Sue Kunitomi Embrey: Concentration Camps, Not Relocation Centers

by Bruce Embrey

To download a copy of this paper, click on the image above.

The following paper, Concentration Camps, Not Relocation Centers, written by Sue Kunitomi Embrey, grew out of a panel discussion held at California State University, Fullerton, on March 25, 1976. It represents one of the earliest efforts of the Manzanar Committee to educate the broader public about the incarceration of 120,000 Americans of Japanese ancestry.

As its title succinctly states, it is an effort to clarify the nature of the War Relocation Authority camps where Americans of Japanese ancestry were unjustly imprisoned during World War II.

Despite being used in an official state plaque, despite being used by Presidents, the Attorney General of the United States, and numerous scholars, the use of concentration camp to describe these camps, rather than relocation centers, or other euphemistic terms, still generates considerable resistance, often times, from within the Nikkei community.

This debate rages on precisely because words matter. The terms one chooses to use to describe the incarceration and wholesale deprivation of the civil rights of the Nikkei community fundamentally impacts what political lessons one draws from this ugly chapter of American History.

Euphemistic language and misnomers distort history. By failing to capture accurately what occurred during World War II, the work to insure this never happens again will be all that much weaker.

We hope republishing this paper will contribute to a better understanding of what the Japanese Americans endured 68 years ago.

Bruce Embrey is co-chair of the Manzanar Committee.

The views expressed in this story are those of the author and are not necessarily those of the Manzanar Committee.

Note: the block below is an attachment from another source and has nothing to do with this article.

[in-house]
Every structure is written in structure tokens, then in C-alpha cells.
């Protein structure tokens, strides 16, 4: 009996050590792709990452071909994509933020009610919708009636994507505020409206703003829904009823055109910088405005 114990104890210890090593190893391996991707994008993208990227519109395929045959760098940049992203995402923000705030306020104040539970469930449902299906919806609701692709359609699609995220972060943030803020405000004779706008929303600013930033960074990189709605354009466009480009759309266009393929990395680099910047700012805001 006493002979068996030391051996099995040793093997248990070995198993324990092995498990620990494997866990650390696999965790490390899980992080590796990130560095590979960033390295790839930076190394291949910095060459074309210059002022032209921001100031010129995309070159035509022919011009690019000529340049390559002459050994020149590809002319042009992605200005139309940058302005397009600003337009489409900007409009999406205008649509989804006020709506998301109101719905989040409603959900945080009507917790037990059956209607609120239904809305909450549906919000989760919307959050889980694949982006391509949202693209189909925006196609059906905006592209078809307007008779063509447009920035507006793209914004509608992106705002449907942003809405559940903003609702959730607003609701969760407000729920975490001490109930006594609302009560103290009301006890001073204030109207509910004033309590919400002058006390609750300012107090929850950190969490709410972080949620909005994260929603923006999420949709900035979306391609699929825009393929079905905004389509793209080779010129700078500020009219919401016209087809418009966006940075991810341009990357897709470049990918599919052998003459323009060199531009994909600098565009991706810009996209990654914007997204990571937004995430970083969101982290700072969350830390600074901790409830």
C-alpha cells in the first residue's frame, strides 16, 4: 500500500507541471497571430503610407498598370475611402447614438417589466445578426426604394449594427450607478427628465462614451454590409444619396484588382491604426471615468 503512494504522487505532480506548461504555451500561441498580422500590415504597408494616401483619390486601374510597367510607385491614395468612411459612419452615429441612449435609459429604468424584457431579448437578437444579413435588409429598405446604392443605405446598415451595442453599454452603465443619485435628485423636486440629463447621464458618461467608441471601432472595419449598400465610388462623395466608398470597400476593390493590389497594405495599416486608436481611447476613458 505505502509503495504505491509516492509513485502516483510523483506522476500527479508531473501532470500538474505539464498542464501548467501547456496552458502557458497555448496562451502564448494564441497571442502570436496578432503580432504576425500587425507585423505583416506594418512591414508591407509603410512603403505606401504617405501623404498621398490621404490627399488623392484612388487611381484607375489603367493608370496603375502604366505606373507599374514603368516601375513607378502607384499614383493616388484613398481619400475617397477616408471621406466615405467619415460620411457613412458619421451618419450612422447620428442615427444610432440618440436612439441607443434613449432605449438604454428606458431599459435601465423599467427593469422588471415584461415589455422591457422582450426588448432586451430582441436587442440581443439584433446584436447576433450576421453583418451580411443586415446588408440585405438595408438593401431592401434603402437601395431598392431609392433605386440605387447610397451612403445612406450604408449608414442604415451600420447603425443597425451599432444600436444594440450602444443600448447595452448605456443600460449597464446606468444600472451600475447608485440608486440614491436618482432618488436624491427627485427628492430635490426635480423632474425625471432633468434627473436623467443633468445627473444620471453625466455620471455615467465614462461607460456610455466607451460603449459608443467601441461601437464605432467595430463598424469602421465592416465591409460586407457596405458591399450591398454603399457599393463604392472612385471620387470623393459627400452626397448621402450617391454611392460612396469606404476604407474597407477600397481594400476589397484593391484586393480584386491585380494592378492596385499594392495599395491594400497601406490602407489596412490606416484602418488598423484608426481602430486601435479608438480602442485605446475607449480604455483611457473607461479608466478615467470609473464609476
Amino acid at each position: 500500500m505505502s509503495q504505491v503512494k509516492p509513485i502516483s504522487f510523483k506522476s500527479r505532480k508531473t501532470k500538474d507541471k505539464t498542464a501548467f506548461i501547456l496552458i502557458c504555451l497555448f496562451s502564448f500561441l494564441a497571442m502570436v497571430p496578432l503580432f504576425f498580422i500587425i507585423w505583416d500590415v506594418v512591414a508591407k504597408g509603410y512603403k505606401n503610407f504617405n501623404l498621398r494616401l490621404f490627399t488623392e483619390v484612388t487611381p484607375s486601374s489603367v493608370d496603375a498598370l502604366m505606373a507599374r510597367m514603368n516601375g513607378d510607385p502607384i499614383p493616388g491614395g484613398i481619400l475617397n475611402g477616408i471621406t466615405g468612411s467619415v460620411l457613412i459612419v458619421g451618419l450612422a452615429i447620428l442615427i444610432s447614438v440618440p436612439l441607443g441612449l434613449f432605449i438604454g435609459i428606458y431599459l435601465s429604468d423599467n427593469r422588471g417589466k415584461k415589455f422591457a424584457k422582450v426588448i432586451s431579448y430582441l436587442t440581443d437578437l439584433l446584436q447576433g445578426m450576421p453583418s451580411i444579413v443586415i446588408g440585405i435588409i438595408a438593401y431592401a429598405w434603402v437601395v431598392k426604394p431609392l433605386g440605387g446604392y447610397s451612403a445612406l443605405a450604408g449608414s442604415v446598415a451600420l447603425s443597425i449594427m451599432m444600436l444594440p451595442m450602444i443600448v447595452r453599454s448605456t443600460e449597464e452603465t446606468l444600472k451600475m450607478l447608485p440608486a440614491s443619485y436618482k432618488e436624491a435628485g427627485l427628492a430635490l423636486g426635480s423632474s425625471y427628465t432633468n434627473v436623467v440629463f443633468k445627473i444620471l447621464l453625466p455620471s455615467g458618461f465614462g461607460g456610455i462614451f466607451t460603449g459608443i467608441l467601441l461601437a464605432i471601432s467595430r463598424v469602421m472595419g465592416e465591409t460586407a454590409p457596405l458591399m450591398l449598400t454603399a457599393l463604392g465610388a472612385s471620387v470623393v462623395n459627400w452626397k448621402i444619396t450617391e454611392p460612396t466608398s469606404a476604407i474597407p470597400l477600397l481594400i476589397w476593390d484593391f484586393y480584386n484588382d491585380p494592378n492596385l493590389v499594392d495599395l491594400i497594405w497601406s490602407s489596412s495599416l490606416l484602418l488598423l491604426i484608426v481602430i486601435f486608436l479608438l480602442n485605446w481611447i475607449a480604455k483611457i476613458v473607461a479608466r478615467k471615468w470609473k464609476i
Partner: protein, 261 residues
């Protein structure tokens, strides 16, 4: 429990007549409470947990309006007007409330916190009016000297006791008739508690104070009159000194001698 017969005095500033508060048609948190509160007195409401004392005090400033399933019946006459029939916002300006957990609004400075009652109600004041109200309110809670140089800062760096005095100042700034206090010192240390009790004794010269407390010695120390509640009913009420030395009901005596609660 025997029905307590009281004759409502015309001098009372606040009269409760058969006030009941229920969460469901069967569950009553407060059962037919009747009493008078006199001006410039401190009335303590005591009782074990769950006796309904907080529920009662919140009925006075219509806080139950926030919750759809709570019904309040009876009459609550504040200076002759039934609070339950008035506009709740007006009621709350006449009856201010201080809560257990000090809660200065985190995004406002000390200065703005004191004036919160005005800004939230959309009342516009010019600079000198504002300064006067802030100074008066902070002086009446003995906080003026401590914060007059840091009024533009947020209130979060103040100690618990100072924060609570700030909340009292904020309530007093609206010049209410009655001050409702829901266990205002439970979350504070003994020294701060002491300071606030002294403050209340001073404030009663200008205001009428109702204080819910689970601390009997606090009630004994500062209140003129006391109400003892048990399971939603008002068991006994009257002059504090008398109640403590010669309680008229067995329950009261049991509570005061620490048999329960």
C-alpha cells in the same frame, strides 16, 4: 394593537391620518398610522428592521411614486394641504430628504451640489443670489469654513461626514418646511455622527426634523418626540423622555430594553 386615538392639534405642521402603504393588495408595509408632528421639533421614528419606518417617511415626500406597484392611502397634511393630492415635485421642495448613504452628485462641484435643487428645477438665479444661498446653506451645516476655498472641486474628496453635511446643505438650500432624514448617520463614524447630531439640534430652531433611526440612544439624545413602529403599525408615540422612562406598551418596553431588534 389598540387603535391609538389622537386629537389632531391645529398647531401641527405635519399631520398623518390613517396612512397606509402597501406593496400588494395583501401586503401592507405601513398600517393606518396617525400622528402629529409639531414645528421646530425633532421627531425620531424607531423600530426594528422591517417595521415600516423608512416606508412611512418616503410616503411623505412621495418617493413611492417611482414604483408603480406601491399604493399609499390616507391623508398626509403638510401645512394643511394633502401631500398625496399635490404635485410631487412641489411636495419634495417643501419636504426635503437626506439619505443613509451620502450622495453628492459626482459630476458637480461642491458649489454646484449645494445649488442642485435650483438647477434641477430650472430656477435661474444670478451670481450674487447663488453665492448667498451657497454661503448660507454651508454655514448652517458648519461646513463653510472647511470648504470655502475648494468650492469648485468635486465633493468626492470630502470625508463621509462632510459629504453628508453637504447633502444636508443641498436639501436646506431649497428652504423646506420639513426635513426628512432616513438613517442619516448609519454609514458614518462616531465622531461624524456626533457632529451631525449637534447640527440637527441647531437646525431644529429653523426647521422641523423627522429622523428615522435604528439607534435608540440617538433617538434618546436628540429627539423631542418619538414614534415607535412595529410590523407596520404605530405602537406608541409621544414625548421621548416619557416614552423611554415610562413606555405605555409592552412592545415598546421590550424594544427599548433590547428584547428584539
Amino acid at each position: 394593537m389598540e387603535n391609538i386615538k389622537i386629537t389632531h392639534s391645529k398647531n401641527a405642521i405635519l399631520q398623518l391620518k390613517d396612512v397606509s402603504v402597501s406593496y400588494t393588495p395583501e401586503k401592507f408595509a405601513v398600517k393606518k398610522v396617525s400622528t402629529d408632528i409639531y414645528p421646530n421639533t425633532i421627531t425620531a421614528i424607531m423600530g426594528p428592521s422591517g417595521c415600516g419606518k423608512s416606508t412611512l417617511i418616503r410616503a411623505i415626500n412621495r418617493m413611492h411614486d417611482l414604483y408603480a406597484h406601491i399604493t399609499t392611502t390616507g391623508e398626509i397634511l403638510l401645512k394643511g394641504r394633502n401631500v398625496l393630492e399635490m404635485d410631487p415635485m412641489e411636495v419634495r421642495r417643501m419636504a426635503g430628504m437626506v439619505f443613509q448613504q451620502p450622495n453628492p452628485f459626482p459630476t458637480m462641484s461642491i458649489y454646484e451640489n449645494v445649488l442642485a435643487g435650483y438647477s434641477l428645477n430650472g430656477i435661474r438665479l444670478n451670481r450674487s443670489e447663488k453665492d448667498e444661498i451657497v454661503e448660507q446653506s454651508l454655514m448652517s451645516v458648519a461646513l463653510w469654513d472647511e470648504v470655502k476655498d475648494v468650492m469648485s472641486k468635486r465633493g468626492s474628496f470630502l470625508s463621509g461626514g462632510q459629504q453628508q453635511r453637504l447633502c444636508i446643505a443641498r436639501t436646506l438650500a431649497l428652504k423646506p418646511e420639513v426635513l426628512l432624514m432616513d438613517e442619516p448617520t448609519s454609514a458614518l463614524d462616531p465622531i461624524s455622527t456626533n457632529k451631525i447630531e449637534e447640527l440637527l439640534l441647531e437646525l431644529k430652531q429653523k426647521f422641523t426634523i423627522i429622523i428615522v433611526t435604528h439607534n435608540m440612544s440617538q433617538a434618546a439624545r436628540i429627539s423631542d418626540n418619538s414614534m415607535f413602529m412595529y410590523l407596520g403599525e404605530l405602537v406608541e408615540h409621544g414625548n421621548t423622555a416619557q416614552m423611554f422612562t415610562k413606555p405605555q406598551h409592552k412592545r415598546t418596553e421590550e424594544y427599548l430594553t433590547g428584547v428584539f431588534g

The PDF version of Concentration Camps, Not Relocation Centers, available for download above, requires Adobe Reader to view the file.

Related Stories:

Creative Commons License The Manzanar Committee’s Official Blog is licensed under a Creative Commons Attribution-NonCommercial-NoDerivs 3.0 Unported License. You may copy, distribute and/or transmit any story or audio content published on this site under the terms of this license, but only if proper attribution is indicated. The full name of the author and a link back to the original article on this site are required. Photographs, graphic images, and other content not specified are subject to additional restrictions. Additional information is available at: Manzanar Committee Official Blog – Licensing and Copyright Information.

Manzanar Committee Comment Policies

9 Responses to Sue Kunitomi Embrey: Concentration Camps, Not Relocation Centers

  1. Pingback: Tweets that mention Sue Kunitomi Embrey: Concentration Camps, Not Relocations Centers « Manzanar Committee --

  2. Pingback: Grateful Crane’s Soji Kashiwagi Weighs In On Use Of “Concentration Camp” « Manzanar Committee

  3. Pingback: More From Okazaki On Use of “Concentration Camp;” Refutes Rafu Shimpo Columnist George Yoshinaga « Manzanar Committee

  4. Pingback: Manzanar Committee Member Joyce Okazaki: “Yes, It Was A Concentration Camp” « Manzanar Committee

  5. Pingback: Words Can Lie Or Clarify Criticizes Euphemistic Language Used To Describe WWII Camps Used To Imprison Japanese Americans « Manzanar Committee

  6. Pingback: Mako Nakagawa Delivers Keynote Address At 42nd Annual Manzanar Pilgrimage « Manzanar Committee

  7. Pingback: Cast in Bronze: Terminology Symposium in San Francisco, October 22, 2011 « Manzanar Committee

  8. Pingback: Euphemistic Terms Used To Describe WWII Incarceration Of Japanese Americans Targeted At JANM Event « Manzanar Committee

  9. Pingback: Manzanar Committee Urges Japanese American Citizens League To Ratify Power Of Words Handbook « Manzanar Committee

Please post your comment on this story below

Fill in your details below or click an icon to log in: Logo

You are commenting using your account. Log Out /  Change )

Google+ photo

You are commenting using your Google+ account. Log Out /  Change )

Twitter picture

You are commenting using your Twitter account. Log Out /  Change )

Facebook photo

You are commenting using your Facebook account. Log Out /  Change )

Connecting to %s

This site uses Akismet to reduce spam. Learn how your comment data is processed.

%d bloggers like this: